The ageless juveniles

I recently finished the twelfth, and last, of Robert A. Heinlein's famous "juvenile" novels, published when the late Grandmaster of science-fiction was approaching, but not quite yet at, the very peak of his immense literary powers. Now I am, of course, a huge Heinlein fanboy; I have been singing the praises of Starship Troopers, my candidate for the greatest military science-fiction novel of all time, for several years, and I've read through several of his greatest works (including the flawed but still superb Stranger in a Strange Land) and been hugely impressed.

However, in order to appreciate just how good, and how versatile, the legendary Mr. Heinlein was, you really have to read through his earlier works, written for a very different audience than his later adult-oriented novels. The investment of time and effort required is amply repaid.

The word "timeless" does not apply to very many works of science fiction, if we are honest. Most sci-fi from the 1950s, 1960s, and 1970s is horribly dated today; certain works that were considered to be of surpassing brilliance at the time of publication look awkward and ridiculously anachronistic today. I am reminded in particular of some of the concepts posed within Isaac Asimov's Foundation series, which come across as more than a little absurd given what we know now about human nature and historical patterns.

Yet, reading through Heinlein's twelve juvenile novels, one is much struck by the fact that anyone over the age of, say, fifteen, can derive great enjoyment from all of them, even today- and learn a few lessons in the process.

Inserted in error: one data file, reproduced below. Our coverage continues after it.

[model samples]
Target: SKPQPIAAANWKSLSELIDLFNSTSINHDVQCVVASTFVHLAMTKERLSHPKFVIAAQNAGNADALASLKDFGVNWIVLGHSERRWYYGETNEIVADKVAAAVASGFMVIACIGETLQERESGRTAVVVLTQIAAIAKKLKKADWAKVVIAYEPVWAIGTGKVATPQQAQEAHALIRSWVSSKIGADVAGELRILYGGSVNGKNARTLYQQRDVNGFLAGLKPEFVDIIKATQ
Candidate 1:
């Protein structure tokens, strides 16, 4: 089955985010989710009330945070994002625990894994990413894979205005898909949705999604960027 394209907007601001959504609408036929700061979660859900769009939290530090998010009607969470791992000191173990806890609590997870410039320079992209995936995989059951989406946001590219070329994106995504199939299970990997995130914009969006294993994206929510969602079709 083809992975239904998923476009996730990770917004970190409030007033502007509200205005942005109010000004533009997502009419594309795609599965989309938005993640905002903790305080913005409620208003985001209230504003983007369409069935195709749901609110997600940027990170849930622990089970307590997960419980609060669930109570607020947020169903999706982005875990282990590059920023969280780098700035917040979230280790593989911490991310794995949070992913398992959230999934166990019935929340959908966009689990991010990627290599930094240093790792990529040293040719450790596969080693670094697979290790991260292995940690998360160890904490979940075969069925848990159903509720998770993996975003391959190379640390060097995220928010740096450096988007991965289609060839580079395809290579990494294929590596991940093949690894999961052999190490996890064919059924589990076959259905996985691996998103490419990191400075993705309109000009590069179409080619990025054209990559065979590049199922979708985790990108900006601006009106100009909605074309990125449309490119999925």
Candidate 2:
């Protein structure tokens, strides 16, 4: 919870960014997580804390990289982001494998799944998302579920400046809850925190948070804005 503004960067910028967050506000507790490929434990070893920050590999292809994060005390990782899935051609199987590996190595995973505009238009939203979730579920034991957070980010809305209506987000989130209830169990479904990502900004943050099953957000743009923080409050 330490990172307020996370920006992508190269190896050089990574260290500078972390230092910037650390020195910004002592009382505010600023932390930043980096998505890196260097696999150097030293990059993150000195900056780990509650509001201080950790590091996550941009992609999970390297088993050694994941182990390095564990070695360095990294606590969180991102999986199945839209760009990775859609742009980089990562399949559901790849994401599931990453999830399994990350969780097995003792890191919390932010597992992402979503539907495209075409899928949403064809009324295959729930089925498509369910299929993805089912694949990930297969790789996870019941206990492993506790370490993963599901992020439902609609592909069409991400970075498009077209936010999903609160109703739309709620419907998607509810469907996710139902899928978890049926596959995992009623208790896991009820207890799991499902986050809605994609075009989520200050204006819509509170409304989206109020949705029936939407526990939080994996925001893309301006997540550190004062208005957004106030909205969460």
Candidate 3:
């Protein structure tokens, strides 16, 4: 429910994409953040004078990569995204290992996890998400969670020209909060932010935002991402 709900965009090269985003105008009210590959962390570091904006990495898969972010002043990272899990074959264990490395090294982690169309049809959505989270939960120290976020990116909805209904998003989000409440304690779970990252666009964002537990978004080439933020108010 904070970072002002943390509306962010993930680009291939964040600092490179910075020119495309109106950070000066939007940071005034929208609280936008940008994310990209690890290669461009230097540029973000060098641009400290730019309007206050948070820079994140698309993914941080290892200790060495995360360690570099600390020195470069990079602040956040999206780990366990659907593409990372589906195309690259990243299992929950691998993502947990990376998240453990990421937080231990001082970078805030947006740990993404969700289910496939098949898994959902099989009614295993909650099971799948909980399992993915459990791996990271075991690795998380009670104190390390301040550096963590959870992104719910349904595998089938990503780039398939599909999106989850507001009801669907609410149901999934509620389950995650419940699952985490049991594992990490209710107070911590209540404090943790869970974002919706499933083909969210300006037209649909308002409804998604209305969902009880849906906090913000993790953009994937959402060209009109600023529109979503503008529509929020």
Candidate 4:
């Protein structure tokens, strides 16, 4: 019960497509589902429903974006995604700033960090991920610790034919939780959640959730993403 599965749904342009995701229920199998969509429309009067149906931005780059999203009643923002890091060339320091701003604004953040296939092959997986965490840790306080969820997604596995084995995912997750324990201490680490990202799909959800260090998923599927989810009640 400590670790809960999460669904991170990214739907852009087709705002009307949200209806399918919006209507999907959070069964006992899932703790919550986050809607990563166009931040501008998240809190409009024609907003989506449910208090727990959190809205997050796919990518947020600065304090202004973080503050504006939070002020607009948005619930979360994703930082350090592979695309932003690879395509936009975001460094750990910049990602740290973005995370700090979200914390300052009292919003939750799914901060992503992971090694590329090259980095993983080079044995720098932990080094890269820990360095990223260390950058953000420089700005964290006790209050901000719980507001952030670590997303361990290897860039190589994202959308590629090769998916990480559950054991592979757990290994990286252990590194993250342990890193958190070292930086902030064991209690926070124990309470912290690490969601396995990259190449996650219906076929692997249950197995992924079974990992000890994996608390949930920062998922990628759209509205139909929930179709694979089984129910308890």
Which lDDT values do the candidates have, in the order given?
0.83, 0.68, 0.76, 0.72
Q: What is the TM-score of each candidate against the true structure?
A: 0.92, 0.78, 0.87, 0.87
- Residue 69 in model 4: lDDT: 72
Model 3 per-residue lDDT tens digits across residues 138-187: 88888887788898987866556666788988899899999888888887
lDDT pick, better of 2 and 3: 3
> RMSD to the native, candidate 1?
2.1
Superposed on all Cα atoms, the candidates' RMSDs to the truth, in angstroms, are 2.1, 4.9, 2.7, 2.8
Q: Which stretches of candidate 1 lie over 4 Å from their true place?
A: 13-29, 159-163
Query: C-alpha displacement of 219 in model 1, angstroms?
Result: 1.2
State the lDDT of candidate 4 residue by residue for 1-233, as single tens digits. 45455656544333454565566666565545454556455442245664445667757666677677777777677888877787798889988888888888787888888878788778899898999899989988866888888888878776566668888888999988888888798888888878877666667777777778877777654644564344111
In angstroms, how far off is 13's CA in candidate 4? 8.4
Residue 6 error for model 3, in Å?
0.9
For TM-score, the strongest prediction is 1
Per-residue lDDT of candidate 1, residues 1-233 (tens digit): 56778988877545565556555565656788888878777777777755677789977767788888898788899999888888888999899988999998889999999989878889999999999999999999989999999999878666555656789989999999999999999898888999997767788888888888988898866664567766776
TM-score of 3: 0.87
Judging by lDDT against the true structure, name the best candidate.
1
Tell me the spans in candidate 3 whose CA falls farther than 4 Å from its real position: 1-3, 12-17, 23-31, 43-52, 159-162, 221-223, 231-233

Why is that?

Quite simply, it is because Heinlein had a knack for asking and answering the questions that really mattered.

He didn't waste his time taking ideas that were fashionable in his day and age and extrapolating them into some far-distant future. That was what many of his contemporaries did, and that is why most of them have long since been forgotten, or condemned to having small, aging, and dwindling fan-bases  Instead, he took the immutable realities of the human condition, age-old questions and trials that define what it means to be human, and simply repackaged them in ways that make sense, no matter when or where you read them.

At the core of every juvenile Heinlein novel is a transformation process understood in his very bones by everyone who has ever lived to make the difficult passage from boy to man.

Every one of us men, from the dawn of our race, has faced the same trial: the transition from youth to manhood. The exact nature of that test takes on as many different forms as there are tribes and cultures in this world, but the basic goal remains always and everywhere exactly the same: to push a teenage boy above the parapet of his childhood by forcing him to take on adult responsibilities and challenges.

And whether you are reading Rocket Ship Galileo, Space Cadet, Red Planet, Farmer in the Sky, Between Planets, Starman Jones, or any of the rest of the series, the theme is consistent between every single one of them: take a reasonably mature, highly intelligent, and free-thinking boy about to make that difficult adjustment, subject him to challenge and hardship, and watch as he responds and becomes a man.

That is why Heinlein's juveniles are so important. That is why they have resonated so thoroughly with every boy or man who has read them in all of the years since their publication.